Sikar, India — The use of a safe childbirth checklist by health providers in four facilities was shown to lead to remarkable improvements in the quality of health services for mothers and newborns—underscoring the benefits of a quality of care tool that is practical, effective and easily applicable.
This field test was a precursor to the rollout of the Safe Childbirth Checklist (SCC) program. Jhpiego is providing technical assistance to theGovernment of Rajasthan (GoR) to implement this program in public sector health facilities. The Children’s Investment Fund Foundation (CIFF) is providing the funding support for the program.
The SCC includes 29 items to help service providers remember to perform all the essential safe care practices during childbirth. The checklist targets major causes of maternal mortality, such as postpartum hemorrhage, severe infections, hypertensive disorders and obstructed labor; childbirth-related stillbirths; and causes of neonatal mortality like birth asphyxia, infection and complications of prematurity.
The four facilities participating in the pilot project were chosen to assess the feasibility of introducing the checklist in various settings. They included the district hospital in Sikar, two community health centers and initial referral sites in Srimadhopur and Ajitgarh, and a community health center in Reengus.
In preparing for the field test, Jhpiego conducted a two-day training of trainers (TOT) to orient them on the checklist, the content of the training for service providers, and basic training skills. These trainers, who were from the government health department, then trained all of the service providers from the pilot facilities to leverage existing resources and establish self-sustaining mechanisms. Jhpiego provided supportive supervision throughout the training process.
The field test, which concluded in the last week of September, was successful in testing the basic implementation approach, usability of the checklist, general design and appropriateness of content in the context of Rajasthan. Results of the pilot were encouraging. All providers started using the checklist upon introduction, but the providers who had participated in the orientation to the tool were found to be using it more appropriately than those who had not.
Both oriented and non-oriented staff nurses reported improvement in practices following checklist use, such as appropriate use of antibiotics and the recording of temperature and blood pressure in mothers and babies. Oriented staff nurses also reported improvement in practices such as appropriate use of oxytocin during the third stage of labor, which helps prevent postpartum hemorrhage. As a result of the SCC, the availability of supplies in the labor room also improved. The oriented nurses agreed that the checklist helped them remember all essential activities related to safe childbirth and to perform them correctly.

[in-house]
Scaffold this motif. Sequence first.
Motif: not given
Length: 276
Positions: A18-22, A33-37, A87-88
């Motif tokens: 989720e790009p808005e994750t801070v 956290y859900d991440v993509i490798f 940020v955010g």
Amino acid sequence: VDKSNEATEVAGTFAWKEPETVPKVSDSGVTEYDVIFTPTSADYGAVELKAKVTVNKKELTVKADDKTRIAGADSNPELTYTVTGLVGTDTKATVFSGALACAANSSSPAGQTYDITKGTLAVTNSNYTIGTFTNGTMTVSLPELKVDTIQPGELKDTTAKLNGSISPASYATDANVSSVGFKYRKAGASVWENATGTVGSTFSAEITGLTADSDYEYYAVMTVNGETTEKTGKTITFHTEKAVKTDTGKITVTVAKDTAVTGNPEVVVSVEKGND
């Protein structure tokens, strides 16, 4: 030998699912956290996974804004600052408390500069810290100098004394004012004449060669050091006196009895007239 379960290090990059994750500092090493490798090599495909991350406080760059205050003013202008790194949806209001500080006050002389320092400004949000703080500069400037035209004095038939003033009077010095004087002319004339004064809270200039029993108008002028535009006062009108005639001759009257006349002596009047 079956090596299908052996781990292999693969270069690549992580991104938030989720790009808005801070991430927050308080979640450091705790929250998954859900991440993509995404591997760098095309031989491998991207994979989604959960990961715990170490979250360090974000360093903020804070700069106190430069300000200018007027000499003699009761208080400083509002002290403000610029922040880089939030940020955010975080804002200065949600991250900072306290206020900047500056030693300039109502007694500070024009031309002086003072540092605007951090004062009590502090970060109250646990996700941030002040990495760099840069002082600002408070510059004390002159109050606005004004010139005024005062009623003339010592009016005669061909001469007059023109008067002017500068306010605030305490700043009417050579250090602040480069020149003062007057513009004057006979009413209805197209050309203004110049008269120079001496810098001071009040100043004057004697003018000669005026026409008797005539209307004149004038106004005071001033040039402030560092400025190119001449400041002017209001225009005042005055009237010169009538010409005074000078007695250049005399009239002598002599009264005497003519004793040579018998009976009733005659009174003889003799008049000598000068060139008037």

Other key lessons learned during the field test follow:
- Buy-in from clinical and administrative leaders increases the potential for adoption of the SCC checklist by the staff in the facility;
- Orientation of all staff—including clinical and administrative leaders—is crucial to the success of the program;
- Use of the SCC requires a mechanism for post-training follow-up and support.
With the field test successfully completed, its results will be used to improve the implementation plan, checklist design, reporting tools and data-recording formats. A rapid assessment is to follow at all intervention and control sites to collect baseline information for the program. Upon completion of the rapid assessment, the intervention sites will be prepared for the subsequent implementation of the SCC program.
The SCC program will use a quasi-experimental design to determine whether implementation of the SCC in birthing sites in Rajasthan leads to improved adherence to safe care practices for childbirth and subsequent reduction in neonatal mortality. This program will be implemented in approximately 100 health facilities in selected intervention districts over a period of approximately one year and the results will be compared with approximately 100 control facilities. Documented learning from implementation of the SCC and results from the evaluation of its impact will be shared with the government and disseminated at various forums to inform scale-up strategies. The Public Health Foundation of India (PHFI) is the collaborating agency working to evaluate SCC effectiveness in target facilities.